Citing multiple works by the same author
If you reference more than one source by the same author, distinguish the parenthetical citations by including the name of the source. Use a comma to separate the author from the source.
Wars can be economic catalysts (Friedman, World 77-80).
Industrialized nations are better equipped to rebound from recessions (Friedman, “High Tides” 56).
Citing indirect sources
When an original source is unavailable, then cite the secondhand source – for instance, a lecture in a conference proceedings. When quoting or paraphrasing a quote, write “qtd. in” before the author and pages.
John Murray calls Tim Smith “interesting but egotistical” (qtd. in Jesrani 34).
Citing literary / classic and religious works
For works such as novels, plays and other classic works, it’s helpful to provide further identifying information along with the page information. Do this by adding a semicolon and then the identifying information following the page number.
(Tolstoy 5; pt. 2, ch. 3).
When citing classic poems and plays, replace page numbers with division numbers (part, book, scene, act). The below refers to book 10 line 5. Bear in mind the divisions and the way they are written can vary by source.
Fear plays a role in Homer’s Odyssey (10.5).
The title of books in the Bible and other famous literary works should be abbreviated.
(New Jerusalem Bible, Gen. 2.6-9).
Placing parenthetical citations in direct quotations
When directly quoting a source, place the parenthetical citation after the quote.
Sanders explains that economic woes are due to “the mortgage crisis and poor risk assessment” (20).
Place the parenthetical citation at the end of an indented quotation. There should be no period after the parenthetical citation. The last sentence of the indented quote should look like:
It’s unclear whether multilateral tariffs are disruptive to bilateral talks. (Evert 30-31)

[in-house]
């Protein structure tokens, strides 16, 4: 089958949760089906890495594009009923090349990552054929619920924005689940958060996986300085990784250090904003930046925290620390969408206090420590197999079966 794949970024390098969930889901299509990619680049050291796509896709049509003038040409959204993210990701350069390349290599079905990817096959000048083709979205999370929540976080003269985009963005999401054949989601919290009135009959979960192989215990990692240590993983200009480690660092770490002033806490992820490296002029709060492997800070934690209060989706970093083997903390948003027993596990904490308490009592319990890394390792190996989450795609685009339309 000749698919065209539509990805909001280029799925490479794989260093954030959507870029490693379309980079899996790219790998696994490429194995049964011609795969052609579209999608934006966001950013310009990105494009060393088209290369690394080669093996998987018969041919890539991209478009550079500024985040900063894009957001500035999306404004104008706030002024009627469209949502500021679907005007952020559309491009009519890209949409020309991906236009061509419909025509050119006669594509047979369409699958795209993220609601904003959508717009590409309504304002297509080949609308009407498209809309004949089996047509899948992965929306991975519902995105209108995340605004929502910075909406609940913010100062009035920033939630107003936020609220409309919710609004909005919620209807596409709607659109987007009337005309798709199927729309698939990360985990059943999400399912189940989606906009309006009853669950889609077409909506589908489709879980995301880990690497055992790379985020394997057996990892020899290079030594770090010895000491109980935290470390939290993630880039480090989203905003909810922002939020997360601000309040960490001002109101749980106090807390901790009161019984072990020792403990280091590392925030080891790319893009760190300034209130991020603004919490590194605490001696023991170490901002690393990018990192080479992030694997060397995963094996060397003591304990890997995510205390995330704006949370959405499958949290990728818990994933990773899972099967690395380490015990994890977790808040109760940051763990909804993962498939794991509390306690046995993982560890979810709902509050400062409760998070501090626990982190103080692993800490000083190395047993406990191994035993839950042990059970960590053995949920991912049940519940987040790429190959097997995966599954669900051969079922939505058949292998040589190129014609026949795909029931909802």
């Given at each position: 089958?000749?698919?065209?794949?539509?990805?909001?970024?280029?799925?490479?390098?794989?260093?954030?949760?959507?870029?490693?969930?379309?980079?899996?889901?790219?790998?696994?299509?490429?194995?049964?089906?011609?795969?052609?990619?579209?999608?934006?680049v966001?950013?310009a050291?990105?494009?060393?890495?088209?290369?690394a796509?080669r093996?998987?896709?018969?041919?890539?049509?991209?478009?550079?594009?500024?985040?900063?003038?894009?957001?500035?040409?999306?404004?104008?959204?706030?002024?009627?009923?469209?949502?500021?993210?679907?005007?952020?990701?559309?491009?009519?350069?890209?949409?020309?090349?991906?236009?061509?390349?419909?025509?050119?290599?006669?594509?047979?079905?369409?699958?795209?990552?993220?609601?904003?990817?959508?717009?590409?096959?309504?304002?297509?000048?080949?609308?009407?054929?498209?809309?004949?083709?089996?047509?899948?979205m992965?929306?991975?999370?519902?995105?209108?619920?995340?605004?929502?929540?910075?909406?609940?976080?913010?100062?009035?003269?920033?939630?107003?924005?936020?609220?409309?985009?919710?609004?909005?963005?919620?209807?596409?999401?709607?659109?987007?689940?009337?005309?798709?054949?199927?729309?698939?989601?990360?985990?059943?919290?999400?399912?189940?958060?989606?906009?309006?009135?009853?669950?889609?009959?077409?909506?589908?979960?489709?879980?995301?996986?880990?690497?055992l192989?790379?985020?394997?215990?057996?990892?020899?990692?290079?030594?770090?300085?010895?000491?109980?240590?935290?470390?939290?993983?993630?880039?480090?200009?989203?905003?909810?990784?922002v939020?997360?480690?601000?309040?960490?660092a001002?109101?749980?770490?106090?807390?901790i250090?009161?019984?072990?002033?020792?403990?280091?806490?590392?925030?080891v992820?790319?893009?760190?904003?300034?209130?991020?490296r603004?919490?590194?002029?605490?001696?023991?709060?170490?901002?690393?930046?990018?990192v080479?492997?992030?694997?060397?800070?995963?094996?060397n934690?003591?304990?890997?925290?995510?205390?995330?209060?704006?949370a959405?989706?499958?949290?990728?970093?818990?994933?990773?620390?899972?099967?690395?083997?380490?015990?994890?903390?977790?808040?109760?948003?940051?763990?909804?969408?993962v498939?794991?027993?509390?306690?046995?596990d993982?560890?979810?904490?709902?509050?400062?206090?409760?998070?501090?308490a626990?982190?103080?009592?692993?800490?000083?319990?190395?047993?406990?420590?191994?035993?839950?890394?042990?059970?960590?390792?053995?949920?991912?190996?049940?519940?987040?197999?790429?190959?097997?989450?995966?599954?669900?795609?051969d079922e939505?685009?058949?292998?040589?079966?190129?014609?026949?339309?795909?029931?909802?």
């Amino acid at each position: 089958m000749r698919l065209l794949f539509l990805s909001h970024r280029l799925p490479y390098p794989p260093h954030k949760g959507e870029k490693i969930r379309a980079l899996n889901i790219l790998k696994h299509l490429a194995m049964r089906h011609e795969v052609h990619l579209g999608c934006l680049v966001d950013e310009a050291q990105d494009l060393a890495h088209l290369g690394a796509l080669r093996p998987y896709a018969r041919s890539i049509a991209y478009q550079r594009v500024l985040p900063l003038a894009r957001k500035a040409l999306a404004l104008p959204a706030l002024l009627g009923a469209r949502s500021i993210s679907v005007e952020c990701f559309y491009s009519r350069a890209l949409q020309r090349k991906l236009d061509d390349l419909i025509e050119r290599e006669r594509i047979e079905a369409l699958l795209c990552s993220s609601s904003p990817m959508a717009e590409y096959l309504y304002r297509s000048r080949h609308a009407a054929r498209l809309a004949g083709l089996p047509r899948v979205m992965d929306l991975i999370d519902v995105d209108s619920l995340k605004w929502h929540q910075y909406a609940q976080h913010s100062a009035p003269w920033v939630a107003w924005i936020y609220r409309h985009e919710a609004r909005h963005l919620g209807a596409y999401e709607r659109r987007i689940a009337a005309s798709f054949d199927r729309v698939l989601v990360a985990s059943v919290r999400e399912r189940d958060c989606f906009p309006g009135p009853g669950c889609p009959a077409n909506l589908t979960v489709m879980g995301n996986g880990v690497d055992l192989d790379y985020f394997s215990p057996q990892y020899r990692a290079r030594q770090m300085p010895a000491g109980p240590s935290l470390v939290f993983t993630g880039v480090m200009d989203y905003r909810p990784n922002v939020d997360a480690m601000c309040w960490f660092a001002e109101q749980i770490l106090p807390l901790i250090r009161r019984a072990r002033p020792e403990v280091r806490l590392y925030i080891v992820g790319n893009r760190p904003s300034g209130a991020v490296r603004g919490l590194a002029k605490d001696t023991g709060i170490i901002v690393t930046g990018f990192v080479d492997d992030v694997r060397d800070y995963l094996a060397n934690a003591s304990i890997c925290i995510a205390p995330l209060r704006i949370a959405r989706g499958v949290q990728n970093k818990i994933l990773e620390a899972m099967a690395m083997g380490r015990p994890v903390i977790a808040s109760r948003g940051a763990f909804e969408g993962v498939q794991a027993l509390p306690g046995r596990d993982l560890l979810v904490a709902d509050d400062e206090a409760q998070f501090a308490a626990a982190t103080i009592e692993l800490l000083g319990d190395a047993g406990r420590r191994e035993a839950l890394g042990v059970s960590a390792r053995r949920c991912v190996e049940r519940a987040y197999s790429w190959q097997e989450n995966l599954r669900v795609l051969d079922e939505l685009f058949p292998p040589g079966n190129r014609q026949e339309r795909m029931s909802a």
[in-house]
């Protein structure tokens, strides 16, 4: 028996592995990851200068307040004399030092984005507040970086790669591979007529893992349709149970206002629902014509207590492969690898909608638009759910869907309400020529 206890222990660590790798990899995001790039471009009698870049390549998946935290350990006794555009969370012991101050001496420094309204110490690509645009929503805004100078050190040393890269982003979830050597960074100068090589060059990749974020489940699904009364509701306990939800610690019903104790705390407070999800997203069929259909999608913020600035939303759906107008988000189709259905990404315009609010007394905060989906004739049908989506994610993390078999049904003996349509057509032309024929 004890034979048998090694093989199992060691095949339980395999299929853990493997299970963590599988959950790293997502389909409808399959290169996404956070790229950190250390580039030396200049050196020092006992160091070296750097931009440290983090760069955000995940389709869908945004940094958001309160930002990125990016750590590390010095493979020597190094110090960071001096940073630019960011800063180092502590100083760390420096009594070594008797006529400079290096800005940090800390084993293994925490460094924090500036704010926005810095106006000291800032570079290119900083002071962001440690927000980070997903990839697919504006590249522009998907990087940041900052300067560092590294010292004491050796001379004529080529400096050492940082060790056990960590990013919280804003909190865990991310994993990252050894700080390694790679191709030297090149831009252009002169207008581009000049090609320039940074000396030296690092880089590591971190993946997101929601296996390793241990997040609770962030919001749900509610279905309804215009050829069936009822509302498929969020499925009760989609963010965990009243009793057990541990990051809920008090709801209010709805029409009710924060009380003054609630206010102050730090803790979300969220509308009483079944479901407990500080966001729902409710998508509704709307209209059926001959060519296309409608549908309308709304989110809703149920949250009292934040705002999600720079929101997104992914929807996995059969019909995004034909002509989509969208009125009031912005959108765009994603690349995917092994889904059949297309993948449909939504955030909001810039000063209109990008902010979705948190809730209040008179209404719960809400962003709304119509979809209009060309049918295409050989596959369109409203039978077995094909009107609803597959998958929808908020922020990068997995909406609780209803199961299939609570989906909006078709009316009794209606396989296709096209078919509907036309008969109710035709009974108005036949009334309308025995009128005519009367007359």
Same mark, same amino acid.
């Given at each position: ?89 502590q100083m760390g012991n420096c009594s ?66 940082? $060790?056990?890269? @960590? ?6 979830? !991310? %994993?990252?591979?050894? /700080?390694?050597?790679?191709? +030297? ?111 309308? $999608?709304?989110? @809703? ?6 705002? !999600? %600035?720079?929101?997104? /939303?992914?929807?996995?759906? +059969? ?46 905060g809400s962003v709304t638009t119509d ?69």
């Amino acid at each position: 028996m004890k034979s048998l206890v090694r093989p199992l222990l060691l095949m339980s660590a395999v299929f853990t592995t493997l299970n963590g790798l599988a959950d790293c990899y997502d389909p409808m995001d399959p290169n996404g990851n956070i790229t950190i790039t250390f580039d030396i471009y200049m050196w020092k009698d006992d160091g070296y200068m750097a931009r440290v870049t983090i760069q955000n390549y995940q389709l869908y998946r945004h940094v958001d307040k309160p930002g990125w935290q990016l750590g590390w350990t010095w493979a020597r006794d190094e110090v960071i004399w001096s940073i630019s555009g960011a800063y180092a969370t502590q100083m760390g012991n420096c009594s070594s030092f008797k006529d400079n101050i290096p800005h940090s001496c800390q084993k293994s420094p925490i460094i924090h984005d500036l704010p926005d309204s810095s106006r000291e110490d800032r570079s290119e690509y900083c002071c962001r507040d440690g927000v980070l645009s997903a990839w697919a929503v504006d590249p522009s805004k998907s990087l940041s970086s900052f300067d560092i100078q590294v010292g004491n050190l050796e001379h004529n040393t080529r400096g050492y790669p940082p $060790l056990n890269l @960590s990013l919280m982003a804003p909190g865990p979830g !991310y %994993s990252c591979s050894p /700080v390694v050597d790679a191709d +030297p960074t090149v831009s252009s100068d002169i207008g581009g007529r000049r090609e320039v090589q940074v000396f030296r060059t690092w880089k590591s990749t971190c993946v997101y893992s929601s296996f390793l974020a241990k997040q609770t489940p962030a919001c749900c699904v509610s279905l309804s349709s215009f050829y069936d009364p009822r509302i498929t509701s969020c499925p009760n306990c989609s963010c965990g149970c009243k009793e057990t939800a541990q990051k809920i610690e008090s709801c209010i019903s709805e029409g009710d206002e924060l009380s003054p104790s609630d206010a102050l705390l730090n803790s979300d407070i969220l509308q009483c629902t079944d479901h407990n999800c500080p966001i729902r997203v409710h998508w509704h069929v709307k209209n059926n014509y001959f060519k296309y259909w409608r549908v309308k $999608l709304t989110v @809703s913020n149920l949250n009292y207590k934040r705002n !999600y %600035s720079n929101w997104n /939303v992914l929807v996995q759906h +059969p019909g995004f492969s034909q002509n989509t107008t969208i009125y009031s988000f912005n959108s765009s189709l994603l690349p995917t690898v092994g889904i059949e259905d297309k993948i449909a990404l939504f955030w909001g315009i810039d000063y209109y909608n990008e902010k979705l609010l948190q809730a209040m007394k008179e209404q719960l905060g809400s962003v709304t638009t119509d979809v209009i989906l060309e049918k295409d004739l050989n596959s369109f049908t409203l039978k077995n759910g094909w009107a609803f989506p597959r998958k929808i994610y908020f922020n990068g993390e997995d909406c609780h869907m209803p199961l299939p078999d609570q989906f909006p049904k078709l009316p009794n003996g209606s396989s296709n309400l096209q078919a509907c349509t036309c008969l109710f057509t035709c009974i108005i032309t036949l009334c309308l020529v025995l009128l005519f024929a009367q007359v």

Citing online sources
Generally, follow the same principals of parenthetical citations to cite online sources. Refer to the author, and if possible, a permanent identifier that would be the same for any reader.
The economy will rebound with the new monetary policies (Smith).
Solar power will become the primary source of energy (Williams 2).
Citing online sources with no author
If there is no author, use the title that begins the citation, either the article or website title. Be sure it also takes the same formatting, i.e. articles are in quotes and website titles are italicized. Shorten / abbreviate the name of the source but ensure that your reader can easily identify it in your works cited (abbreviate the title starting with the same word in which it is alphabetized).
Elephants are thought to be one of the smartest mammals (“Smart Elephants”).
Nineteen men and women were convicted (Salem Witchcraft Trials).
Note: Ideally, when citing online sources, try to reference the source within your sentence, with either the author or the title to avoid writing a parenthetical citation.
Where to put the parenthetical citations:
- Place parenthetical citations at the end of the sentence you are paraphrasing and quoting. For example: The destruction of the argentine is due to many socioeconomic factors (Taylor 33).
- Even when quoting, place the parenthetical citations after the quotations.
“Mamma always said stupid is as stupid does” (Gump 89).
When quoting four lines or more, indent every line you are quoting by one inch (or 10 spaces) and do not use quotes.
The use of nuclear weapons in today’s society is strikingly alarming. Though the United States is the only country to employ it in the past, they are at the same time the country that condemns its use the most. While this may seem hypocritical, is it the most proper action for the United States to make as the global leader. (Taparia 9)